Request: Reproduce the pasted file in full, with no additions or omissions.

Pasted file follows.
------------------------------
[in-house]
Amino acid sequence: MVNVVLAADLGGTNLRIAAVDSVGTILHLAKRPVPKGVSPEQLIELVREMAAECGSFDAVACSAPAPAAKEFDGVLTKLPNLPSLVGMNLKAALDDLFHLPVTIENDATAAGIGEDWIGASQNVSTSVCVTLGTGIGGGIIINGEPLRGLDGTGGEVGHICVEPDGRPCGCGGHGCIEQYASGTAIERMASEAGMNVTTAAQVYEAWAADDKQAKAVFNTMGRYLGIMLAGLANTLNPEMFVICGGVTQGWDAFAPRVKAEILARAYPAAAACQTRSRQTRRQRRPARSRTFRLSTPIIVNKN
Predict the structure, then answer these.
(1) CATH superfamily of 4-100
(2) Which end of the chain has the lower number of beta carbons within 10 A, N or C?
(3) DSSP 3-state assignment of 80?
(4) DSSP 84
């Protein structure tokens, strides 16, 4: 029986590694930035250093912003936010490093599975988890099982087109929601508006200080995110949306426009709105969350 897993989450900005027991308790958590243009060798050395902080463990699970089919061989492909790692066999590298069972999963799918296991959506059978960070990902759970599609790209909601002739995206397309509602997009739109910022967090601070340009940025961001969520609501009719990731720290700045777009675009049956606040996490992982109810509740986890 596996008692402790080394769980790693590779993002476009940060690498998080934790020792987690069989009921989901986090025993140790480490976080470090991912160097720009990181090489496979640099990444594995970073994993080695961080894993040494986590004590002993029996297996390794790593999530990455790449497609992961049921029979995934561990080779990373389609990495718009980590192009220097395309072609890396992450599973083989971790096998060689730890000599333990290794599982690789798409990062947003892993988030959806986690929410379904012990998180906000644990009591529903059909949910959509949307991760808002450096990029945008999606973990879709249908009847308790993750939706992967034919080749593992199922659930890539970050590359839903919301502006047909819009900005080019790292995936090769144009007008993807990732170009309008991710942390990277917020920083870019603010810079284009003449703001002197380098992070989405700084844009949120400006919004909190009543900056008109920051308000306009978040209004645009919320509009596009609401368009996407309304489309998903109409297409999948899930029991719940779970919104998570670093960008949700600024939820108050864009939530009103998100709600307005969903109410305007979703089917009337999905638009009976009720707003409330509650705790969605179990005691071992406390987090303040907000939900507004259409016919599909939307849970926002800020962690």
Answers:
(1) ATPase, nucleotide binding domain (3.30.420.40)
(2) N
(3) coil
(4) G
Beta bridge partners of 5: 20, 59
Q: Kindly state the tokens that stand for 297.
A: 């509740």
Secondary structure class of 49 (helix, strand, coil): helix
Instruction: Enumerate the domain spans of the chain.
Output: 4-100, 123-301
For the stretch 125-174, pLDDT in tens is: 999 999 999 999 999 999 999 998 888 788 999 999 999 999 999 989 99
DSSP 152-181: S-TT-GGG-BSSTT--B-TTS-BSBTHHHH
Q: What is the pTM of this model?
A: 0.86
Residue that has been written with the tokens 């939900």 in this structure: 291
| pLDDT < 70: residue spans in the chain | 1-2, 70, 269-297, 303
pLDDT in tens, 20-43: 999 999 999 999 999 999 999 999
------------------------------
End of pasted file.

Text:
[in-house]
Amino acid sequence: MVNVVLAADLGGTNLRIAAVDSVGTILHLAKRPVPKGVSPEQLIELVREMAAECGSFDAVACSAPAPAAKEFDGVLTKLPNLPSLVGMNLKAALDDLFHLPVTIENDATAAGIGEDWIGASQNVSTSVCVTLGTGIGGGIIINGEPLRGLDGTGGEVGHICVEPDGRPCGCGGHGCIEQYASGTAIERMASEAGMNVTTAAQVYEAWAADDKQAKAVFNTMGRYLGIMLAGLANTLNPEMFVICGGVTQGWDAFAPRVKAEILARAYPAAAACQTRSRQTRRQRRPARSRTFRLSTPIIVNKN
Predict the structure, then answer these.
(1) CATH superfamily of 4-100
(2) Which end of the chain has the lower number of beta carbons within 10 A, N or C?
(3) DSSP 3-state assignment of 80?
(4) DSSP 84
């Protein structure tokens, strides 16, 4: 029986590694930035250093912003936010490093599975988890099982087109929601508006200080995110949306426009709105969350 897993989450900005027991308790958590243009060798050395902080463990699970089919061989492909790692066999590298069972999963799918296991959506059978960070990902759970599609790209909601002739995206397309509602997009739109910022967090601070340009940025961001969520609501009719990731720290700045777009675009049956606040996490992982109810509740986890 596996008692402790080394769980790693590779993002476009940060690498998080934790020792987690069989009921989901986090025993140790480490976080470090991912160097720009990181090489496979640099990444594995970073994993080695961080894993040494986590004590002993029996297996390794790593999530990455790449497609992961049921029979995934561990080779990373389609990495718009980590192009220097395309072609890396992450599973083989971790096998060689730890000599333990290794599982690789798409990062947003892993988030959806986690929410379904012990998180906000644990009591529903059909949910959509949307991760808002450096990029945008999606973990879709249908009847308790993750939706992967034919080749593992199922659930890539970050590359839903919301502006047909819009900005080019790292995936090769144009007008993807990732170009309008991710942390990277917020920083870019603010810079284009003449703001002197380098992070989405700084844009949120400006919004909190009543900056008109920051308000306009978040209004645009919320509009596009609401368009996407309304489309998903109409297409999948899930029991719940779970919104998570670093960008949700600024939820108050864009939530009103998100709600307005969903109410305007979703089917009337999905638009009976009720707003409330509650705790969605179990005691071992406390987090303040907000939900507004259409016919599909939307849970926002800020962690």
Answers:
(1) ATPase, nucleotide binding domain (3.30.420.40)
(2) N
(3) coil
(4) G
Beta bridge partners of 5: 20, 59
Q: Kindly state the tokens that stand for 297.
A: 């509740």
Secondary structure class of 49 (helix, strand, coil): helix
Instruction: Enumerate the domain spans of the chain.
Output: 4-100, 123-301
For the stretch 125-174, pLDDT in tens is: 999 999 999 999 999 999 999 998 888 788 999 999 999 999 999 989 99
DSSP 152-181: S-TT-GGG-BSSTT--B-TTS-BSBTHHHH
Q: What is the pTM of this model?
A: 0.86
Residue that has been written with the tokens 């939900």 in this structure: 291
| pLDDT < 70: residue spans in the chain | 1-2, 70, 269-297, 303
pLDDT in tens, 20-43: 999 999 999 999 999 999 999 999